Tail end of Australian citrus season delivers more promising results after challenging start

While not without its challenges, there have been signs of improvement for the Australian citrus industry over the 2023 season.

Australian citrus

Comparing the season to date with that of 2022, Citrus Australia chief executive Nathan Hancock said fruit quality had improved in 2023 and the tail-end of the 2023 harvest has been particularly strong from a quality perspective. 

“While the earlier fruit this season struggled a little with internal maturity – due to a cold and wet spring and mild summer – the mid- and late-season varieties are eating well. Quality has improved compared to the 2022 season,” he said.

Hancock said there has been a heavy ‘on’ crop of small fruit this season.

“Across most growing regions, the 2022 spring did not provide enough hot, dry weather, which affected fruit set and consequently size,” Hancock explained. 

“Early season navels were particularly small given their naturally shorter growing season, combined with cool wet conditions. Fruit sizing in the mid-season did improve overall despite a heavy crop, while the late-season crop load is lighter.

“The Valencia crop is light this year, with small fruit sizes expected unless we see warm weather through spring and summer, which may add size.”

While growers in south-eastern Australia have faced some issues related to albedo breakdown for the second consecutive season, the impact is less severe than 12-months ago. 

“Albedo breakdown has been present in crops this year, but we’ve seen vast improvements in the way this has been managed compared to the 2022 season, which was particularly severe,” Hancock said. “Overall, fruit cosmetics this season have been very good.”

Mandarin production, which has continued to expand across the country, has seen some mixed results. Markets took time to adjust to an increase in early fruit supply. 

“For the first time we have seen some significant yield increases from areas such as Far North Queensland, as well as Emerald. This has meant that more Australian mandarins are available earlier in the season,” said Hancock. 

Mandarin exports started earlier this season, due to the increased volumes of early fruit. This gave growers options other than the domestic market early in the year.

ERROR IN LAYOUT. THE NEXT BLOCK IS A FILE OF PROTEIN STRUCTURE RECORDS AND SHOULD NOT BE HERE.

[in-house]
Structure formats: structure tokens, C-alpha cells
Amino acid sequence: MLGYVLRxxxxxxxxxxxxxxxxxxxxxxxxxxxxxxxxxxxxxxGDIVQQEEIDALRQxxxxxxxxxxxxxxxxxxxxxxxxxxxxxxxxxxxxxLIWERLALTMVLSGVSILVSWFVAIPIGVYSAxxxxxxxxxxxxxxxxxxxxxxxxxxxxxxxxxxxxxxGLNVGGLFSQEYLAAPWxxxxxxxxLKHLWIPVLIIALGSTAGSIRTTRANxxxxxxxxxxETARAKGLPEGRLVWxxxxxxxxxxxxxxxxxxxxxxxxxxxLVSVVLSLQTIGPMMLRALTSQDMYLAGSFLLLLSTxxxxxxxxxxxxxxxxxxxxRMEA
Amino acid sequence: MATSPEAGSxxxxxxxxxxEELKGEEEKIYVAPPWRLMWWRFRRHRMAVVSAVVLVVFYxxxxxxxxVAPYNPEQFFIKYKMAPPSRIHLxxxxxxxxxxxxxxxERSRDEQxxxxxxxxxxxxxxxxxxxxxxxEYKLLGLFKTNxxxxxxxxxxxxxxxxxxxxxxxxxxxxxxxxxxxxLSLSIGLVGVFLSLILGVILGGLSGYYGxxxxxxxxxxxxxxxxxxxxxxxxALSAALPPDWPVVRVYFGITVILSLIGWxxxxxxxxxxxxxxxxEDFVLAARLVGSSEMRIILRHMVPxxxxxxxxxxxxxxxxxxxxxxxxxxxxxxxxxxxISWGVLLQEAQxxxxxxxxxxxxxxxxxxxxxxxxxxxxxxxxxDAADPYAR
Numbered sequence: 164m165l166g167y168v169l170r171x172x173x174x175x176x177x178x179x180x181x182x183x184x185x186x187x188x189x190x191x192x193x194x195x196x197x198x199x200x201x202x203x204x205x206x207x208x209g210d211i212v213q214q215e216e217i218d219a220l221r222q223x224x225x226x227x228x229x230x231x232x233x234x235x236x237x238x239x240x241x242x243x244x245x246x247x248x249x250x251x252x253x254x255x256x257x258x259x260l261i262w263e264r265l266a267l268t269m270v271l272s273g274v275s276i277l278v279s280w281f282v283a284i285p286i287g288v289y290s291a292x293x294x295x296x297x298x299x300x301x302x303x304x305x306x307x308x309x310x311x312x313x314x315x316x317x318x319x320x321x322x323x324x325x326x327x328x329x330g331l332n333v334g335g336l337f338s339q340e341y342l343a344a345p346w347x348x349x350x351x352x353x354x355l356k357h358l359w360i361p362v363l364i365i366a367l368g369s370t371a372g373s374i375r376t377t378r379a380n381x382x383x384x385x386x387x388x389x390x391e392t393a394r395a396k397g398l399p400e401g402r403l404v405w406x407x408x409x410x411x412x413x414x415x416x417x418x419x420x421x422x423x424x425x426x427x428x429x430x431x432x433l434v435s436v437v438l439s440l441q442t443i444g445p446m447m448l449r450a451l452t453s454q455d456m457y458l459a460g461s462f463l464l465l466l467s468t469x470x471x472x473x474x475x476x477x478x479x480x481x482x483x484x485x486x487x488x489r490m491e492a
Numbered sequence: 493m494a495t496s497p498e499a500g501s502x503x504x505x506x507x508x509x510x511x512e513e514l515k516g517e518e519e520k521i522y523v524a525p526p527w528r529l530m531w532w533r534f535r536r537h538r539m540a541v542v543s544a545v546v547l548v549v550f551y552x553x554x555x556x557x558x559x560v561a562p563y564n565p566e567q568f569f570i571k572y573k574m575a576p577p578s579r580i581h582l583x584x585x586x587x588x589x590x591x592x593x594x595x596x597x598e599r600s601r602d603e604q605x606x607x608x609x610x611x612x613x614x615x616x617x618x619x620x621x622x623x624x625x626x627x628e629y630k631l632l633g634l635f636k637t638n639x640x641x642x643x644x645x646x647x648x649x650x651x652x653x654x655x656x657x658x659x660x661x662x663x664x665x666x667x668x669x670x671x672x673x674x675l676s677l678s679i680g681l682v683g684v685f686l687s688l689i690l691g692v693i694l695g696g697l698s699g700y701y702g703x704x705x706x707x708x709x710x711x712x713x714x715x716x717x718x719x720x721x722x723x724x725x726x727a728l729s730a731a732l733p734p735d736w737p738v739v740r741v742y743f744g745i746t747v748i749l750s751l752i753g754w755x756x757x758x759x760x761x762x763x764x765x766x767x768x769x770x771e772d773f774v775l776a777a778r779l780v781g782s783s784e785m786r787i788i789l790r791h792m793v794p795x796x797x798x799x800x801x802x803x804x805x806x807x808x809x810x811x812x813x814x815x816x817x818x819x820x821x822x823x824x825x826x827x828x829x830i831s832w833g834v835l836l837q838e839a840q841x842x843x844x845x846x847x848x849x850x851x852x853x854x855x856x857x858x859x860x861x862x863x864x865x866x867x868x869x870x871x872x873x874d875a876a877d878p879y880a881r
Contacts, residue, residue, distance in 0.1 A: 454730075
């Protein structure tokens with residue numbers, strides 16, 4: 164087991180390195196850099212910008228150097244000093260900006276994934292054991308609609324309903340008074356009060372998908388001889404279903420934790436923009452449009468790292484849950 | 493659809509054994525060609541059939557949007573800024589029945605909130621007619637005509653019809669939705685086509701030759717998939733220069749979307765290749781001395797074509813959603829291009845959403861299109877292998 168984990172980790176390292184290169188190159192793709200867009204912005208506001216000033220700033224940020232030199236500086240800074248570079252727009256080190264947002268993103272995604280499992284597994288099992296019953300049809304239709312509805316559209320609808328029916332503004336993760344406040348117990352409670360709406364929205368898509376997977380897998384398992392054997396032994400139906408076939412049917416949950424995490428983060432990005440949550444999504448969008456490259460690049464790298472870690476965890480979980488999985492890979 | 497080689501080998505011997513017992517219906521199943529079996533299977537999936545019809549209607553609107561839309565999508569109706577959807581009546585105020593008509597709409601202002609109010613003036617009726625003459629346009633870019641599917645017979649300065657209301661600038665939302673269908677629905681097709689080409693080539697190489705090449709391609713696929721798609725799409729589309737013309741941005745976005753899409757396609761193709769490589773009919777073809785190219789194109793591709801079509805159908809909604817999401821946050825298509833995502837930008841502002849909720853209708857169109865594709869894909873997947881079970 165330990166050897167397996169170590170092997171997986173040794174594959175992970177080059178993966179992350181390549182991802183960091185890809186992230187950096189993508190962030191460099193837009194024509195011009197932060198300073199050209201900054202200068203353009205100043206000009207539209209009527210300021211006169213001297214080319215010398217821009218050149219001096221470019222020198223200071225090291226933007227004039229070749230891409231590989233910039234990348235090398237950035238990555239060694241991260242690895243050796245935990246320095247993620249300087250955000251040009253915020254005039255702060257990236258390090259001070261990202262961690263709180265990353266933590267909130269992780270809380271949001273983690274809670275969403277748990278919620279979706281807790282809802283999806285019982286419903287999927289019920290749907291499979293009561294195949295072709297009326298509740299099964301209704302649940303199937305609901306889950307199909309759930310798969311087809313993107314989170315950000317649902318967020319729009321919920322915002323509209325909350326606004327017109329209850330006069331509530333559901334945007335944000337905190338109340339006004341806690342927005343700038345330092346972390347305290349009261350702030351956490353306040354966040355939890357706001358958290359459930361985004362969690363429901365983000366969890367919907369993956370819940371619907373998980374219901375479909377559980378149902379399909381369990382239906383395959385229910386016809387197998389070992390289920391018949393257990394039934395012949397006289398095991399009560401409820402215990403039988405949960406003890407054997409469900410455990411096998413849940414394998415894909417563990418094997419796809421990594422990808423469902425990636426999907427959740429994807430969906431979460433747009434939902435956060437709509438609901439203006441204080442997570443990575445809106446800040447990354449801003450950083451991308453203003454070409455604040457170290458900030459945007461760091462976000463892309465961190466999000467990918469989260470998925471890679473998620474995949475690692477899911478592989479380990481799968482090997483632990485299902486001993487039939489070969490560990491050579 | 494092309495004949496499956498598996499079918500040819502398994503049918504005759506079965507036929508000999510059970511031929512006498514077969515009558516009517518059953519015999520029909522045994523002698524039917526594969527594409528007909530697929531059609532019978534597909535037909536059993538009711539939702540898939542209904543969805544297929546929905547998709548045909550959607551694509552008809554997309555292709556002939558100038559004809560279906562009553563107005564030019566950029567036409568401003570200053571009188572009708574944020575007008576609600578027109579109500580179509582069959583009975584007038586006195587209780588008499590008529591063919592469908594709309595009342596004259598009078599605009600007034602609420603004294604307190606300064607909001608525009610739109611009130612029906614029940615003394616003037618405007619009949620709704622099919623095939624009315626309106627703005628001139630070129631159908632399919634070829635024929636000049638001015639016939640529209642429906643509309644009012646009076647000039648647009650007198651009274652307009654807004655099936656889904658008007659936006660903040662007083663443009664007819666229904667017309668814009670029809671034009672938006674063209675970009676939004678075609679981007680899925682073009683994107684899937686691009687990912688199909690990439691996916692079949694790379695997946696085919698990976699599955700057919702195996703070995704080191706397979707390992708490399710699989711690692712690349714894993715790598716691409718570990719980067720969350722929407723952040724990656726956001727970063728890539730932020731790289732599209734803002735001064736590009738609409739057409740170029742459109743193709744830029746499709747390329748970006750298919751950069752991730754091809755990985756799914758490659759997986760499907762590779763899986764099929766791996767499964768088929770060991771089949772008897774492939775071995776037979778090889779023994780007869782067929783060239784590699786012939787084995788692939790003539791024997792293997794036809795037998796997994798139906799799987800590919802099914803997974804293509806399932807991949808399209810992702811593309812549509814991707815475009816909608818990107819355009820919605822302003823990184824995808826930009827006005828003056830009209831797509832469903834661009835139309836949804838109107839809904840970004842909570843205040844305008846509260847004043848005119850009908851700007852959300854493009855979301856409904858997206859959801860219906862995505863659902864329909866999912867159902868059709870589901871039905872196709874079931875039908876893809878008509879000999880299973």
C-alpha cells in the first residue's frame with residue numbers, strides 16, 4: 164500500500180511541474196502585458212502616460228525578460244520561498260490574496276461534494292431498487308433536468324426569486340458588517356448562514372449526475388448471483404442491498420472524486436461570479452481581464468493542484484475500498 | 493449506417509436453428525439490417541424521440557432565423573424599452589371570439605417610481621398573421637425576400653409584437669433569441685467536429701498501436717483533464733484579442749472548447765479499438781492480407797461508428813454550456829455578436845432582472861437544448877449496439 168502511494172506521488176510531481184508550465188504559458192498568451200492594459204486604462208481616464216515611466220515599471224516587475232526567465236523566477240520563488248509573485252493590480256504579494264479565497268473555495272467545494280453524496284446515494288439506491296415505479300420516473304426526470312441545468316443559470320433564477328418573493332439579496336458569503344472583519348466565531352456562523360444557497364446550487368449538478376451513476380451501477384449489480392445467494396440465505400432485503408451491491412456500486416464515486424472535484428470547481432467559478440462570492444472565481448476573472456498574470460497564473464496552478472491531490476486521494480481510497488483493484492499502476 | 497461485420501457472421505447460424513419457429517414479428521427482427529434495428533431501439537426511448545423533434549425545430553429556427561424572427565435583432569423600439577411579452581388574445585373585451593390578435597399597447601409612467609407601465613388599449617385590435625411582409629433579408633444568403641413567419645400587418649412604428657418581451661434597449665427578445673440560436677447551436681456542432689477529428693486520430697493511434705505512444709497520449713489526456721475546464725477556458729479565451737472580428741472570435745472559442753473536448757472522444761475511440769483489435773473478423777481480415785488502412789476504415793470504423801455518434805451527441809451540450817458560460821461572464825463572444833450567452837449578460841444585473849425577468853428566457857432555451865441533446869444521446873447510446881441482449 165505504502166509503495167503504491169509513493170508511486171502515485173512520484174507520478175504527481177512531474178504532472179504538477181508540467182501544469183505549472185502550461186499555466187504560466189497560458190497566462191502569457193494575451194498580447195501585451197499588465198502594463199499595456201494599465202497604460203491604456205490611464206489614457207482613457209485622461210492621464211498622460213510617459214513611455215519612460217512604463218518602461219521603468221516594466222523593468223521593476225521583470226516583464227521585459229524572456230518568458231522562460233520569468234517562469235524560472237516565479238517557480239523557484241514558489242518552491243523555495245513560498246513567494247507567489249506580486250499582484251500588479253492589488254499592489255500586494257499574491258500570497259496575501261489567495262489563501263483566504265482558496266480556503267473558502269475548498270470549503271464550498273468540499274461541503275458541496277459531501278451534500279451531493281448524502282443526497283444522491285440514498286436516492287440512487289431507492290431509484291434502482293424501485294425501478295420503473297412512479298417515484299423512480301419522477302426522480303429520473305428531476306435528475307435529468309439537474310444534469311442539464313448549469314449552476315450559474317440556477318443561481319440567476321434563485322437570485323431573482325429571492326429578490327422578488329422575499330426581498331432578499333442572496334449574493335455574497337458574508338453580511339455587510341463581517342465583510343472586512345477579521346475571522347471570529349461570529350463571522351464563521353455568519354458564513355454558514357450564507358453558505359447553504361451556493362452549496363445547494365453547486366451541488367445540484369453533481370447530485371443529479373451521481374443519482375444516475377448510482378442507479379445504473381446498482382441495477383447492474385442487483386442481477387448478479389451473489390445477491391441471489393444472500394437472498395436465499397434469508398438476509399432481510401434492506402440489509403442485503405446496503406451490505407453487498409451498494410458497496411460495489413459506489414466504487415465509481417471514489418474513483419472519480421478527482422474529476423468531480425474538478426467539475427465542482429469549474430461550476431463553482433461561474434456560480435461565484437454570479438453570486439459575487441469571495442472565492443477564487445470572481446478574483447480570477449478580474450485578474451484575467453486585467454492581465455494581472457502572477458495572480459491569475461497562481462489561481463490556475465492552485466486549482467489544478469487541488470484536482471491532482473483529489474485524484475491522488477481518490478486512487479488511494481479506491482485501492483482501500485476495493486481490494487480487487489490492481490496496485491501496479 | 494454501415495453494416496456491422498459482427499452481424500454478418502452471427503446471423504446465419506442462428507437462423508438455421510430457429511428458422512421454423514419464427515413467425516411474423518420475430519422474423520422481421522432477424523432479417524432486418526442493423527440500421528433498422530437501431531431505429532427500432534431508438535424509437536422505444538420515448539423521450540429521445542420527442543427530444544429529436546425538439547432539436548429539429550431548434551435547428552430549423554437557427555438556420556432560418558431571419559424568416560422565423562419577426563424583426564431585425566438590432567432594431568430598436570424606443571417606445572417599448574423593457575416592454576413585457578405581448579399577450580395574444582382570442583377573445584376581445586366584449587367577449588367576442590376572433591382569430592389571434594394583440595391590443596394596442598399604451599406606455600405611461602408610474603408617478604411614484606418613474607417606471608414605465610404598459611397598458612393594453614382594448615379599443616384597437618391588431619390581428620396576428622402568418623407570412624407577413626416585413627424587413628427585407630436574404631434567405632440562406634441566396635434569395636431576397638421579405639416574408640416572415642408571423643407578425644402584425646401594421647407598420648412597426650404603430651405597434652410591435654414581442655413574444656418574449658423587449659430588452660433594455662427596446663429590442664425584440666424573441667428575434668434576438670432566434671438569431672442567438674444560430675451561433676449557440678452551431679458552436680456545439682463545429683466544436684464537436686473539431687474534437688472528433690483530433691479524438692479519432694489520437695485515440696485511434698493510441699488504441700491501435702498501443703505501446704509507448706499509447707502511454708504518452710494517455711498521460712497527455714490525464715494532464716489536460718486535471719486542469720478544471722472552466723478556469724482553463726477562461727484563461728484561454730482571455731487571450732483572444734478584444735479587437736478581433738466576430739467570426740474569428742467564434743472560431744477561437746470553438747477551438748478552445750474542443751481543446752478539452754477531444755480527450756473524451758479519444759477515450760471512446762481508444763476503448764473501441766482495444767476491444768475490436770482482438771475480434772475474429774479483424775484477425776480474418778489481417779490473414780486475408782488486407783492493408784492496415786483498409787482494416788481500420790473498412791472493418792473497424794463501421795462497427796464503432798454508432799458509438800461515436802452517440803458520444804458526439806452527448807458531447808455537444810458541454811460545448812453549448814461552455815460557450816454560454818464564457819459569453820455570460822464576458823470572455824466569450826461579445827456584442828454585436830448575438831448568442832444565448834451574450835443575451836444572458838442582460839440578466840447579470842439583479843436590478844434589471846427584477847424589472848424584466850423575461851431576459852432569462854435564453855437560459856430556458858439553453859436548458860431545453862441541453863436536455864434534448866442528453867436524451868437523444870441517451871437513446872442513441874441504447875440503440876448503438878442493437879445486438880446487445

“The mandarin category continues to power ahead. We expect to see volumes continue to climb over coming seasons, making export market expansion an important part of the industry’s strategy going forward,” Hancock said.

Export outlook improves

As disruptions to global supply chains have improved, so too have trade conditions. China has been the number-one market for Australian citrus exports in 2023, in terms of volume shipped and trade value.

Looking to the future, Hancock said China would remain a cornerstone export market for the industry.

“We expect to see further growth in China over the next few years as diplomatic relations improve, and as China works through its post-pandemic economic recovery,” he said.

Japan has continued to show strong demand for Australian citrus, particularly for oranges, while Korea and Vietnam are emerging as important growth markets for the sector.

“There is an emerging market for lemons in Korea, with short supply form Chile and the tariff on Australian lemons declining each year,” Hancock said.

“This year, we have seen more than 10,000 tonnes of citrus exported to Korea for the first time ever. These shipments have been hard gains up against a range of technical barriers, but we are slowly breaking through those barriers.”

Australian exporters have been slow to capitalise on a new cooperative agreement with India, which entered into force this year.

Under the Australia-India Economic Cooperation and Trade Agreement, the tariff on Australian oranges and mandarins has dropped from 30 per cent to 15 per cent.

“To date, we haven’t seen any real improvement in export volumes to India,” said Hancock.

“Citrus Australia has reminded exporters to inform Indian importers of the tariff reduction quota and provide them with the relevant paperwork.”

Overall, Hancock said the industry was moving in a positive direction. 

“At this stage, it’s fair to say it’s been a much better season than last year,” he said. “With good quality fruit for the tail-end of the season, we predict a reasonable improvement on last season’s outcome.”

Costs challenges

One of the largest challenges facing the Australian citrus sector has been rising production and transport costs which have significantly increased since the onset of the Covid-19 pandemic. The price of agricultural inputs skyrocketed in 2021/22, with little relief for growers this year. 

“Higher costs include diesel, fertiliser, equipment and energy prices, while many growers and packers have found sourcing pallets difficult,” Hancock explained. 
A harvest labour shortage has been resolved to some degree, although the cost of harvesting citrus crops remains substantially higher than pre-pandemic times.  
“This is due to an increase in the minimum wage, along with changes to the Horticulture Award around piece rates. Worker shortages are also keeping the labour market price higher,” Hancock explained.